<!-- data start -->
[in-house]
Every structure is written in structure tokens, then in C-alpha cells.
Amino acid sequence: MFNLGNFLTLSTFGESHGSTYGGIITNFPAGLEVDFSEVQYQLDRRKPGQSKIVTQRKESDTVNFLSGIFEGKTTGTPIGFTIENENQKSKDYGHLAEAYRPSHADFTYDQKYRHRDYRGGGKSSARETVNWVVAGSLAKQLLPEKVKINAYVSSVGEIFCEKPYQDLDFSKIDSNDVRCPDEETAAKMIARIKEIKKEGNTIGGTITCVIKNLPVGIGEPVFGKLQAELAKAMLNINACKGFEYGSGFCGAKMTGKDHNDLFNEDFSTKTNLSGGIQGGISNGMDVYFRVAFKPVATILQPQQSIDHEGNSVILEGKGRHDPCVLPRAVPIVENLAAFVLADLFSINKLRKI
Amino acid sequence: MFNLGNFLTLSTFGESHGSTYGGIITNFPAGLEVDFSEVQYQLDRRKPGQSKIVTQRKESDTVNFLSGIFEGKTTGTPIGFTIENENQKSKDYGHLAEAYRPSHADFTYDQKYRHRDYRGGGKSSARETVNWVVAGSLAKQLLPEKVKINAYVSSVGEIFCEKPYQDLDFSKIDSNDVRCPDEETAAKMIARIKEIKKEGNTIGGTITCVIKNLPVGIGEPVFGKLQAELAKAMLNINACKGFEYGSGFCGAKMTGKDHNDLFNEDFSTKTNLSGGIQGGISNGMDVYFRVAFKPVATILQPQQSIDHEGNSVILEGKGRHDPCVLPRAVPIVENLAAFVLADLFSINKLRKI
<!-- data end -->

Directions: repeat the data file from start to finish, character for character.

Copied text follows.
[in-house]
Every structure is written in structure tokens, then in C-alpha cells.
Amino acid sequence: MFNLGNFLTLSTFGESHGSTYGGIITNFPAGLEVDFSEVQYQLDRRKPGQSKIVTQRKESDTVNFLSGIFEGKTTGTPIGFTIENENQKSKDYGHLAEAYRPSHADFTYDQKYRHRDYRGGGKSSARETVNWVVAGSLAKQLLPEKVKINAYVSSVGEIFCEKPYQDLDFSKIDSNDVRCPDEETAAKMIARIKEIKKEGNTIGGTITCVIKNLPVGIGEPVFGKLQAELAKAMLNINACKGFEYGSGFCGAKMTGKDHNDLFNEDFSTKTNLSGGIQGGISNGMDVYFRVAFKPVATILQPQQSIDHEGNSVILEGKGRHDPCVLPRAVPIVENLAAFVLADLFSINKLRKI
Amino acid sequence: MFNLGNFLTLSTFGESHGSTYGGIITNFPAGLEVDFSEVQYQLDRRKPGQSKIVTQRKESDTVNFLSGIFEGKTTGTPIGFTIENENQKSKDYGHLAEAYRPSHADFTYDQKYRHRDYRGGGKSSARETVNWVVAGSLAKQLLPEKVKINAYVSSVGEIFCEKPYQDLDFSKIDSNDVRCPDEETAAKMIARIKEIKKEGNTIGGTITCVIKNLPVGIGEPVFGKLQAELAKAMLNINACKGFEYGSGFCGAKMTGKDHNDLFNEDFSTKTNLSGGIQGGISNGMDVYFRVAFKPVATILQPQQSIDHEGNSVILEGKGRHDPCVLPRAVPIVENLAAFVLADLFSINKLRKI